CA. 15

Bringing Passive House standards to life through the design of a modern, elemental single-family home in an established neighbourhood.

CA. 15

This modern and elemental single-family home was the first of its kind in the Oak Bay neighbourhood designed to meet the International Passive House standard, ensuring that the energy demand is reduced by up to 90% compared to the standard house. It stands out amongst the many cottage-style homes in the area, and is grounded by the surrounding Garry Oaks and Pacific Northwest landscape.


Single-Family Home


Completed 2016


Privately contracted


Victoria, Canada


2 storeys, 278-m2 (2,990 sqf)


2019 Allan Cassidy Award for New Single Family Home
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Features triple-paned Austrian windows throughout.

Incorporation of natural walnut, smooth and clean lines.

Achieved the highest air-tightness rating in North America.

Extensive west-facing glazing.

Exterior roller-blind shading.

Large sliding doors connecting living spaces together.

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Creating a clean and impactful design using Passive House Building principles.

This single-family home achieves a seamless integration within its traditional neighbourhood by blending modern design with the familiarity of wood. The exterior material palette is defined by vertical cedar siding. Inside local walnut brings warmth and texture to the space. The flat roof is prepared for photovoltaic panels, which will turn this home into an energy plus home.

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The front façade of the home features a complex roofline and inset garage entrance, with contrasting dark siding and white stucco.  The interiors feature triple-paned Austrian windows, allowing for generous distribution of natural light throughout the home—while also retaining the tight insulation that is so important to Passive House Building principles. 

Windows that extend from the floor to the ceiling of a two-story great room allow natural daylight to suffuse the space and also provide a direct connection to the patio and rear yard. This west-facing glazing could have created overheating issues and PHPP modelling showed that exterior shading was needed in addition to large deciduous trees nearby. Skylights bring additional natural light to the middle of the house, further reducing lighting energy consumption during daylight hours. A punctuated overhang frames the view of the sky from the patio.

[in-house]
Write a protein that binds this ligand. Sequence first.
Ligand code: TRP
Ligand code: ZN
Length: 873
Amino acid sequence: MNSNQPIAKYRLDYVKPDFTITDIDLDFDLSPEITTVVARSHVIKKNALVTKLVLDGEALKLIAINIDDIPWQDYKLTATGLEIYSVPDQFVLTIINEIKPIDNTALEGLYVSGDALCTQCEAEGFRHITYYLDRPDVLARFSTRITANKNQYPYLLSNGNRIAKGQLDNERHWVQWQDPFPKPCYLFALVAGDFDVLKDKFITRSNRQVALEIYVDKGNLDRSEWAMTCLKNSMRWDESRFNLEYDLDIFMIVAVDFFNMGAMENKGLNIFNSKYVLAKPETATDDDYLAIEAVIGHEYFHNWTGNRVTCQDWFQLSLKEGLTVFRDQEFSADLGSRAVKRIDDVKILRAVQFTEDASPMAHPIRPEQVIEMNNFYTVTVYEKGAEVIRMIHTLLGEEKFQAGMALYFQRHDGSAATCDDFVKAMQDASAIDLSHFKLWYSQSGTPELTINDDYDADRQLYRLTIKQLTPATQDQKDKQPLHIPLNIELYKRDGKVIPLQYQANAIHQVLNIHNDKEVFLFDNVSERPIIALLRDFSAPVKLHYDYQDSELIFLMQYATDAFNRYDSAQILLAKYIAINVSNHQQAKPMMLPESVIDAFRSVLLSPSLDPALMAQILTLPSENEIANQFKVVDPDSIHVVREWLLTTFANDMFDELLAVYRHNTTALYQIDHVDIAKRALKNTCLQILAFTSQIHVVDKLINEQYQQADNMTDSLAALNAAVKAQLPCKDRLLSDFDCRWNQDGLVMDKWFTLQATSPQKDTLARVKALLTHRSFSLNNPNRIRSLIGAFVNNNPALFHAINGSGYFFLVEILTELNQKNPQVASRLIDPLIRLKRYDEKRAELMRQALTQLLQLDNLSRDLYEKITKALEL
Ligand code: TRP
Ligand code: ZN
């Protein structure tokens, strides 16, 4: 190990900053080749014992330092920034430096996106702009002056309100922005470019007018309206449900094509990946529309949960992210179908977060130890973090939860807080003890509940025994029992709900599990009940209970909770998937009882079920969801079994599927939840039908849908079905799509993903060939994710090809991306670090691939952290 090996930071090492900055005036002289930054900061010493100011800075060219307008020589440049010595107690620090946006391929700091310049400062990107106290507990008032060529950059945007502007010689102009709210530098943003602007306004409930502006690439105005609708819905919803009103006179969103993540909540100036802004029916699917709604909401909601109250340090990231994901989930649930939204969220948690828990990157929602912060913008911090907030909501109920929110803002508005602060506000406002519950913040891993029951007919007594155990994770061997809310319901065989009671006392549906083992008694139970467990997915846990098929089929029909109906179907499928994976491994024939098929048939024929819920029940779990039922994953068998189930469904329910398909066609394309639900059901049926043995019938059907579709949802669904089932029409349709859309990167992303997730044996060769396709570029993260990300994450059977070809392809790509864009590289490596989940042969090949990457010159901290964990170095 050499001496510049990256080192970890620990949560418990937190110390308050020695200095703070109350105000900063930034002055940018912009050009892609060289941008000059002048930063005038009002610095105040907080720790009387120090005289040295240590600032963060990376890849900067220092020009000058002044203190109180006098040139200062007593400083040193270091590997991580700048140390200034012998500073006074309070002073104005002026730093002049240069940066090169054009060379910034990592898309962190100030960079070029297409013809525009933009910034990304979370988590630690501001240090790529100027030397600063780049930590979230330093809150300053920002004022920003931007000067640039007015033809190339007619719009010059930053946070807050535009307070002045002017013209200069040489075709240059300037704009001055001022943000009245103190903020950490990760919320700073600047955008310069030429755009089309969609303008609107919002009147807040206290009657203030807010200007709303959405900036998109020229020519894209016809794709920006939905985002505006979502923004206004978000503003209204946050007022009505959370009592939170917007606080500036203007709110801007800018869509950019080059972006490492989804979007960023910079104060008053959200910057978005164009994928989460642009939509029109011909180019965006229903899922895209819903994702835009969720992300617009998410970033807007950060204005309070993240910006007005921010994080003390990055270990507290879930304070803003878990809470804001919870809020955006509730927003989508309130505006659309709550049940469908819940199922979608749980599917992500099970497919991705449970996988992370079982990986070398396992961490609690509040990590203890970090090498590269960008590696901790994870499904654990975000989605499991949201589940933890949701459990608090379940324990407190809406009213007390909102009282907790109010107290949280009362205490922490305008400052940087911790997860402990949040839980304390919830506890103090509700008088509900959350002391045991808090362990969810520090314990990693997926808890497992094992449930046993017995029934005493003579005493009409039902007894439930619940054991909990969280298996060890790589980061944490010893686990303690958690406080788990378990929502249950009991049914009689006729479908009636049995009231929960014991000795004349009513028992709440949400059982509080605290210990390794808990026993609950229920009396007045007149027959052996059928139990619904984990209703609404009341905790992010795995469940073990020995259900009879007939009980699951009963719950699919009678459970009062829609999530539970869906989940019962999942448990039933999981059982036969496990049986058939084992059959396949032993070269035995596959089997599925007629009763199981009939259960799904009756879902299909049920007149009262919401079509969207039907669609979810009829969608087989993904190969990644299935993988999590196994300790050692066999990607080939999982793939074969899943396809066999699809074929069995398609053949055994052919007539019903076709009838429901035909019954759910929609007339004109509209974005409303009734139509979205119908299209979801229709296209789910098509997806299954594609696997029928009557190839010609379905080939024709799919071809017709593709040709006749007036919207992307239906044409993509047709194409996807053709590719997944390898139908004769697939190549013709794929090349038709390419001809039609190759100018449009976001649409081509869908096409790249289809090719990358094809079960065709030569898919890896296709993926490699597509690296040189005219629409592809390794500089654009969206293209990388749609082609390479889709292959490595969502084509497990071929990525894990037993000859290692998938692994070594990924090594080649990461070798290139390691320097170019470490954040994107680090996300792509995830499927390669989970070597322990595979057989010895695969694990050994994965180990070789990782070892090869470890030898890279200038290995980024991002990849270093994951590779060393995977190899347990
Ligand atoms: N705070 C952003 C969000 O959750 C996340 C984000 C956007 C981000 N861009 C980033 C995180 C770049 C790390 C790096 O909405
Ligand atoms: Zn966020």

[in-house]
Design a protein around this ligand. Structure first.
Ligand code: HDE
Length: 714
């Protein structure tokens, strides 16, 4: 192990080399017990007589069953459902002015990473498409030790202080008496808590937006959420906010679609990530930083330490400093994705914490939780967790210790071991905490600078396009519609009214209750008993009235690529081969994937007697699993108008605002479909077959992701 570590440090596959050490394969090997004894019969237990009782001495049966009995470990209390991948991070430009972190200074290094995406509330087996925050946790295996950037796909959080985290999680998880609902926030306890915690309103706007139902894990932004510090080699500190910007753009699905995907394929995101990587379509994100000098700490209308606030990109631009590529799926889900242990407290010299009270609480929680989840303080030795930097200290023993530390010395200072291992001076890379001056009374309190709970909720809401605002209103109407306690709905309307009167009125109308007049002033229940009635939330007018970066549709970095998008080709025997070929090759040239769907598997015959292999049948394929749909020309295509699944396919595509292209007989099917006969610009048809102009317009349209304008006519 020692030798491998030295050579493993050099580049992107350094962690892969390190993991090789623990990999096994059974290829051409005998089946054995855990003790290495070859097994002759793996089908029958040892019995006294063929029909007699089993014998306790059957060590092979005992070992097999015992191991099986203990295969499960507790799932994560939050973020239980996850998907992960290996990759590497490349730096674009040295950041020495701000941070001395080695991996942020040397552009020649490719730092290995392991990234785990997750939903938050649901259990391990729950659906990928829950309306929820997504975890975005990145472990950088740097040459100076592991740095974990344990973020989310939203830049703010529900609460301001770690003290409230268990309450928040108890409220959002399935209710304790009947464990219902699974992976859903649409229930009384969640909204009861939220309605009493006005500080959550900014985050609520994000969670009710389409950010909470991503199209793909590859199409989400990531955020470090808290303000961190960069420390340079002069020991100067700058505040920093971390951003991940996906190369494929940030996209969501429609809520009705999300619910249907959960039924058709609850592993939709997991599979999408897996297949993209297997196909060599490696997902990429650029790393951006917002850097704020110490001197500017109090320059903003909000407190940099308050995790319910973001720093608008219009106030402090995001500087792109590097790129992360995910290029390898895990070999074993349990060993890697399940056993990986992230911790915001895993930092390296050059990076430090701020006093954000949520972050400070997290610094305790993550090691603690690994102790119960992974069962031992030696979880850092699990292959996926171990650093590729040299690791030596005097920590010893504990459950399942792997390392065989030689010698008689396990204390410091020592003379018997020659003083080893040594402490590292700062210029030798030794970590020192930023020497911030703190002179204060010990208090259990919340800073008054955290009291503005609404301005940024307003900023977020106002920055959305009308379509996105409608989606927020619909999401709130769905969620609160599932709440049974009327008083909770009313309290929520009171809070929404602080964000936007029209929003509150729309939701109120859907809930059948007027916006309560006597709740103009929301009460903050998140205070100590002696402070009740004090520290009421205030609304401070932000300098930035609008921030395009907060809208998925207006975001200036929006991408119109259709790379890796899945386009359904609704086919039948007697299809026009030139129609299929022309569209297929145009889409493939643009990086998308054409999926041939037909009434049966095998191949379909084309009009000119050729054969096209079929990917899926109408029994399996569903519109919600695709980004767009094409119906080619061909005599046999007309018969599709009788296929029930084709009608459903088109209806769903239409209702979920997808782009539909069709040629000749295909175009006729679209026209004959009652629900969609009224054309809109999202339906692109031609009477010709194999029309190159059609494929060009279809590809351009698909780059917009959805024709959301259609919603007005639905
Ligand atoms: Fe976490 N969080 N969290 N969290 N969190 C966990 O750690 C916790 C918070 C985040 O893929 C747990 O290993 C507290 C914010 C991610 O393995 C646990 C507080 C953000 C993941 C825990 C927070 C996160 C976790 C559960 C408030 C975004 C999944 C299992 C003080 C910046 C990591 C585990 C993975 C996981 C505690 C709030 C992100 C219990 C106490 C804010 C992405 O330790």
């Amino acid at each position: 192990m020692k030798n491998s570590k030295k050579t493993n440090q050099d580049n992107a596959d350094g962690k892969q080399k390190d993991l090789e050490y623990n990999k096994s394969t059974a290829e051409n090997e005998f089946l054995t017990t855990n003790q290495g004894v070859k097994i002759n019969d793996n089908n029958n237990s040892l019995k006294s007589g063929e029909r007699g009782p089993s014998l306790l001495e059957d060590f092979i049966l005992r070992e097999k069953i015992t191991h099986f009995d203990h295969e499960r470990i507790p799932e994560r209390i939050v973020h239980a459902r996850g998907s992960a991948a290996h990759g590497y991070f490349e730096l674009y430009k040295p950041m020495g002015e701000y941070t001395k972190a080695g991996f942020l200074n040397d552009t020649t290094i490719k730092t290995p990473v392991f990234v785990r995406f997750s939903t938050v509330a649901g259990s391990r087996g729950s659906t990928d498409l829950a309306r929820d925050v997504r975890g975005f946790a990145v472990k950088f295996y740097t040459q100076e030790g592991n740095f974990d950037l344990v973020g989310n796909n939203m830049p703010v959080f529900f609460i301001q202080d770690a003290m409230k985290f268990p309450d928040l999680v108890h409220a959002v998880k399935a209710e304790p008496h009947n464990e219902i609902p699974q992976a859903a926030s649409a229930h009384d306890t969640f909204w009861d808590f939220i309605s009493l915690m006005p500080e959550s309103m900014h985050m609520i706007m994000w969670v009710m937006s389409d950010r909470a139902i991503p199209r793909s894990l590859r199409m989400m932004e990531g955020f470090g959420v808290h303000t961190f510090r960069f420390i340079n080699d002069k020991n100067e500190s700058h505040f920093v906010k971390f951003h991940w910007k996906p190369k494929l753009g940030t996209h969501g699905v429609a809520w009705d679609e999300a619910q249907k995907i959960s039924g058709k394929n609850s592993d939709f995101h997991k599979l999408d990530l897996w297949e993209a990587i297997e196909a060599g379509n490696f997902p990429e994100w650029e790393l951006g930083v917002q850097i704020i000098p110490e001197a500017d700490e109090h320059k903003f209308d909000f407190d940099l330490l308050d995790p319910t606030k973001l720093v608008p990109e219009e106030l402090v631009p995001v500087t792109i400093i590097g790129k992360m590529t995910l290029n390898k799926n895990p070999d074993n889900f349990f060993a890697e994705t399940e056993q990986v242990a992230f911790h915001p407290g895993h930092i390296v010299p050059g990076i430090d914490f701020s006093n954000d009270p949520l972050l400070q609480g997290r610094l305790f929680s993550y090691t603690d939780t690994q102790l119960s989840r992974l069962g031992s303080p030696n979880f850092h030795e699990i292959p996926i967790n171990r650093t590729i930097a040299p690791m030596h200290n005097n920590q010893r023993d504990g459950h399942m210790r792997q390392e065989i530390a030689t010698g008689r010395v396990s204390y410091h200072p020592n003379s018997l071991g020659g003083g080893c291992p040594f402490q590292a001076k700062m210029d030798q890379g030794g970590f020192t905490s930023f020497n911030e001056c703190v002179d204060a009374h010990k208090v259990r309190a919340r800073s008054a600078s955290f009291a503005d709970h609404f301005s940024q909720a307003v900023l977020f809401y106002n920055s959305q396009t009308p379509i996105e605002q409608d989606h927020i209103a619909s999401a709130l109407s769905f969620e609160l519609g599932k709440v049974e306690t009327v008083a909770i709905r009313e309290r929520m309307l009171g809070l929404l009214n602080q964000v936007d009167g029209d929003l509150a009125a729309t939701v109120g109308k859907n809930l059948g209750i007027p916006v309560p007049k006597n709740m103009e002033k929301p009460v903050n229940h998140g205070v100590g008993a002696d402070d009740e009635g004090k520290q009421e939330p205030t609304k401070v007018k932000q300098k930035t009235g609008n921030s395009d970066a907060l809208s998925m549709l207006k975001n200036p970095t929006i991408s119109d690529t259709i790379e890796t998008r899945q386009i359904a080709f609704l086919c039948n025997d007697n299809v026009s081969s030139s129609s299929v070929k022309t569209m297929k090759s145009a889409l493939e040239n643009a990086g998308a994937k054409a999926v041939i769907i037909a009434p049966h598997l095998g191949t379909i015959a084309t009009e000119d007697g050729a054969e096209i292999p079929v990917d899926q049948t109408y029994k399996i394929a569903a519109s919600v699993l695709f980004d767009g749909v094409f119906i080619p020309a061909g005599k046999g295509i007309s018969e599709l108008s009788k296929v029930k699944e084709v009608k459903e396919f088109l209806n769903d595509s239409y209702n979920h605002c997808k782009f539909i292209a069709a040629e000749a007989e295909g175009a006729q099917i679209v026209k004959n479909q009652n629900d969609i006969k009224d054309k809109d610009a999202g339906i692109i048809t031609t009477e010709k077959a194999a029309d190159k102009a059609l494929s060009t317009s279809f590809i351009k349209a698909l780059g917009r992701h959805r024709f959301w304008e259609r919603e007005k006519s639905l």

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High-end design with low environmental impact.

This project incorporates a wide range of Passive House features as fundamental components of its core sustainability concept. Its continuous blanket of insulation begins below the 15-cm concrete slab with 20 cm of a specialized EPS intended for geotechnical applications. Mineral wool fills the 2x6 wall assemblies, with a 15-cm layer of polyiso exterior and additional 38mm of mineral wool to the sheathing creating a strong thermal break.

The SBS roof assembly has 30 cm of sloped insulation above the sheathing. The air-vapor membrane is placed over the plywood sheathing and creates a continuous overlap with the wall membranes, creating a very airtight building envelope.

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With this envelope, the home’s comfort is assured with very little heating and no cooling. An HRV conserves the house’s heat while constantly filling it with fresh, filtered air. A heat pump water heater that uses CO2 as a refrigerant provides hot water for all uses, including heating the home when needed. A variable speed mixing control pump siphons heated water from the storage tank and delivers it to hydronic piping snaking through the ground-level concrete floor. The thick slab functions here as a thermal buffer, working opposite in summer or winter seasons.

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When starting this project we were faced with one of the most pressing questions in design: How do we build for the future? We committed to following international Passive House standards and contribute to the solution to climate change.
Peter Johannknecht, Principal, Cascadia Architecture

Natural shade becomes a tool, keeping things cool during summer months.

A thoughtful three-pronged strategy eliminated any need for mechanical cooling. Liberal use of exterior shading—a design element that Cascadia Architects takes very seriously—is this home’s first line of defence against summertime heat. Night flushing—setting the operable windows in the tilt position during the summer season—provides an exit pathway for excess warmth. Finally, setting the HRV to its summertime bypass mode enables it to still draw in and circulate fresh air without conserving heat.  

Since occupancy, the home has more than delivered on its promised comfort and outstanding air quality.

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The Team

Client Privately Contracted

Architect Cascadia Architects Inc.

Contractor NZ Builders Ltd.

Structural Engineer Hoel Engineering Group

Interior Design Cascadia Architects Inc.

Landscape Architect Murdoch DeGreeff Landscape Architects

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